The Malda case is suggestive of a sadly familiar cycle: violence begets more violence, extremism begets more extremism. This undermines the state, already structurally weak because of the diversity of historical understanding among the various religious, ethnic, and caste communities.

Insecure state

With the state's legitimate avenue for control rendered more deeply insecure, those in charge view dissent with apprehension, legitimising and empowering others who capitalize on fear.

recent spate of militant activity in Kashmir calls to mind the innumerable flare-ups in the restive valley since the local community began violently protesting in the late 1980s, unserved by the spirit of the Indian constitution, and sympathetic to forces pulling them away from Indian democracy.

During the tenure of this administration, as in other cycles in India's history, hardliner elements in all parties and communities have been patronised by the ruling party and central government in service of the singular goal of expanding political control in an impossibly diverse polity.

Regional and local political parties are able to build their influence organically, relying on common culture and familial bonds, but national parties, pressured by the expediency of national elections and, recently, the media spectacle of state assembly elections, have sought out extremist partners, whose influence grows quickly and tends to hold in the short term.

Propping up extremists

In the first few decades of India's independence, Congress supported Sikh extremists who would go on to help spearhead the late-1970s Punjab insurgency to counteract the moderate opposition in the state.

state-kanhaiya-balth_031016042058.jpg Congress government under Indira Gandhi patronised Bal Thackeray's Shiv Sena.

Under Indira Gandhi's state of emergency in that same decade, to prevent Leftist organisations from gaining influence, the government patronised groups like the Shiv Sena who would bring their own brand of extremist politics to the state of Maharashtra. Political parties in the Indian state of Tamil Nadu temporarily banned the film Vishwaroopam over the objections of some Muslim groups.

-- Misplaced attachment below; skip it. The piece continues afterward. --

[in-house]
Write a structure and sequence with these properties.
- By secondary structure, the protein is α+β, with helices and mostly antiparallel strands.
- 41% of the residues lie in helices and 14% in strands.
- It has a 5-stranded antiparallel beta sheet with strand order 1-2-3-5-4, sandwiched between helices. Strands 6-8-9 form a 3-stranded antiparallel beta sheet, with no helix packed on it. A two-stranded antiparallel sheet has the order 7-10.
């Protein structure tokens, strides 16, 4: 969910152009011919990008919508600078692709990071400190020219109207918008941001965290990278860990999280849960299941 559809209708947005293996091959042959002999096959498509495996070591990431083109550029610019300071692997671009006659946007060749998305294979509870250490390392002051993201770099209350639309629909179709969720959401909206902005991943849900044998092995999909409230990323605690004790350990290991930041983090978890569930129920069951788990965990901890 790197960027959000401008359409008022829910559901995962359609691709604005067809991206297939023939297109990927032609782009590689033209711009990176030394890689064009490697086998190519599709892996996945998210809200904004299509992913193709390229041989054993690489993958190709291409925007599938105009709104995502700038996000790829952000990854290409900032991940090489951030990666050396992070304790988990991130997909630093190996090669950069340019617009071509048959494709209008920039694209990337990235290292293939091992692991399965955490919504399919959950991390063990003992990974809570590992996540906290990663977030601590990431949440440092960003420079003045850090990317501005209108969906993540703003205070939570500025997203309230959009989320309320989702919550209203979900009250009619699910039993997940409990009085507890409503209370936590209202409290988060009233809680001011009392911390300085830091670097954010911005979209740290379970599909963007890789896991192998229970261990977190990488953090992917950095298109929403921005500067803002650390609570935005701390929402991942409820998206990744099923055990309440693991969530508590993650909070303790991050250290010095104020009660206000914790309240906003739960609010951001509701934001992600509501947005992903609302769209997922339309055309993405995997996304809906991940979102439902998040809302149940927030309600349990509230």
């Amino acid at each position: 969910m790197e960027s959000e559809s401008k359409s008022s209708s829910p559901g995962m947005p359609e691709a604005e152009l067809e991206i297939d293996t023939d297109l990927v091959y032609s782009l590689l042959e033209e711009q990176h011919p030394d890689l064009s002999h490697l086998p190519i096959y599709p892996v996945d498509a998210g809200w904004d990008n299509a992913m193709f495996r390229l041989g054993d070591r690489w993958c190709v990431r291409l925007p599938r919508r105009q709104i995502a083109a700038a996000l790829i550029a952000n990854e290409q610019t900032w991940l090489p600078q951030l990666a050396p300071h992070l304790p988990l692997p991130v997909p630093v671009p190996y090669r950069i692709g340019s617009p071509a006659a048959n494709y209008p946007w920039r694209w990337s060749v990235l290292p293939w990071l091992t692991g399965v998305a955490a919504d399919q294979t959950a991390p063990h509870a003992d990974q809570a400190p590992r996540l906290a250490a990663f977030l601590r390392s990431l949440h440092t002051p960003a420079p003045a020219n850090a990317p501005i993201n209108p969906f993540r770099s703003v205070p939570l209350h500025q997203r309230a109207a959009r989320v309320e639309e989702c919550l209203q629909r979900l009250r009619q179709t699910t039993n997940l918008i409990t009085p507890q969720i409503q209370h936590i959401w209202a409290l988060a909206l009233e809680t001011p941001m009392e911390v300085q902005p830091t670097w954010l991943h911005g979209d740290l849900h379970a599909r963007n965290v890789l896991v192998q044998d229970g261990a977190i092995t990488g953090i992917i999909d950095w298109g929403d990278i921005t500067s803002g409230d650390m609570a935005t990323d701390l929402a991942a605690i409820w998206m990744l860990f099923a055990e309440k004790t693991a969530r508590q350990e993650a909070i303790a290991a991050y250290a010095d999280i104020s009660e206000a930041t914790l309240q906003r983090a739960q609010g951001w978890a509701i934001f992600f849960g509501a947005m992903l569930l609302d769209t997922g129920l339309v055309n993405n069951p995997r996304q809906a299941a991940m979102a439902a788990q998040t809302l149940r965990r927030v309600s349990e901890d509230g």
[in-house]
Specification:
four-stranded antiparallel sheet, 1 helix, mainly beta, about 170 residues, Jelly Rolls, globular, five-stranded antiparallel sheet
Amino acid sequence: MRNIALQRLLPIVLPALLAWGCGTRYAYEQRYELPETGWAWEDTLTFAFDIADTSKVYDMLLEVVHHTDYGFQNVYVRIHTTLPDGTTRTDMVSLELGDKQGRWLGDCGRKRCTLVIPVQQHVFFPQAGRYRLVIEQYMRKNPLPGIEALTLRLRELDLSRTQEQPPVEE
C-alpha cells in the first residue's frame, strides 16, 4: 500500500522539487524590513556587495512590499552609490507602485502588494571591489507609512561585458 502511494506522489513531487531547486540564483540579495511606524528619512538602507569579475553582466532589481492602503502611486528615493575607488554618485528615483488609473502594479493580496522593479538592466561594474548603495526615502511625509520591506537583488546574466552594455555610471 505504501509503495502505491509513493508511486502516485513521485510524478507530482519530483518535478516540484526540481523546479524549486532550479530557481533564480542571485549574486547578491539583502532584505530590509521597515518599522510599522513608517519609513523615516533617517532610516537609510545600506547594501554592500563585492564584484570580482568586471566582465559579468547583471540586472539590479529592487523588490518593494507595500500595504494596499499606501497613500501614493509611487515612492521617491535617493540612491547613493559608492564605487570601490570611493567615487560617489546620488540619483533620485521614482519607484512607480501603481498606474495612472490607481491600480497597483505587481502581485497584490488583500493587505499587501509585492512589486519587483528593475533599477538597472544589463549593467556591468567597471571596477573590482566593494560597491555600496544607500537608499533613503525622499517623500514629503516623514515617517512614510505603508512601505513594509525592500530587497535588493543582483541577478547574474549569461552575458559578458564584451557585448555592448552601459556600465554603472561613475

The regressive Muslim Law Board, despite polls showing their unpopularity among large elements of the Muslim population (like women), has been supported by the Indian state.

While many of the current troubles seen as India can rightly cite the BJP's Hindu nationalism as driving these divisions, the strength of Hindutva today is only a symptom of the larger problem. Nationalisms involve the expansion of territorial control and in the Indian cases, community expansion at the expense of individuals.

For national political parties campaigning and governing, the nationalisms which they have been compelled to adopt in order to win elections and earn credibility have worked against openness, inclusion, and political liberalism. 

What's the solution?

This dynamic is also reminiscent of state formation, the ugly and bloody process by which a centralised political entity gains pre-eminence over territory. For the colossal misfortune that was the partition of British India in 1947, the hasty unification of the Republic of India was a work of supreme skill and, indeed, fortune.

But there were loose ends: princes who wished to retain autonomy, or territories that would serve the Indian state better as constituent parts. So India resorted to pseudo-imperial tactics: high-handedly negotiating accession treaties with princes with the threat of military force lorded over them. Hyderabad, Junagadh, Jammu and Kashmir, Goa, Sikkim joined in one of these ways.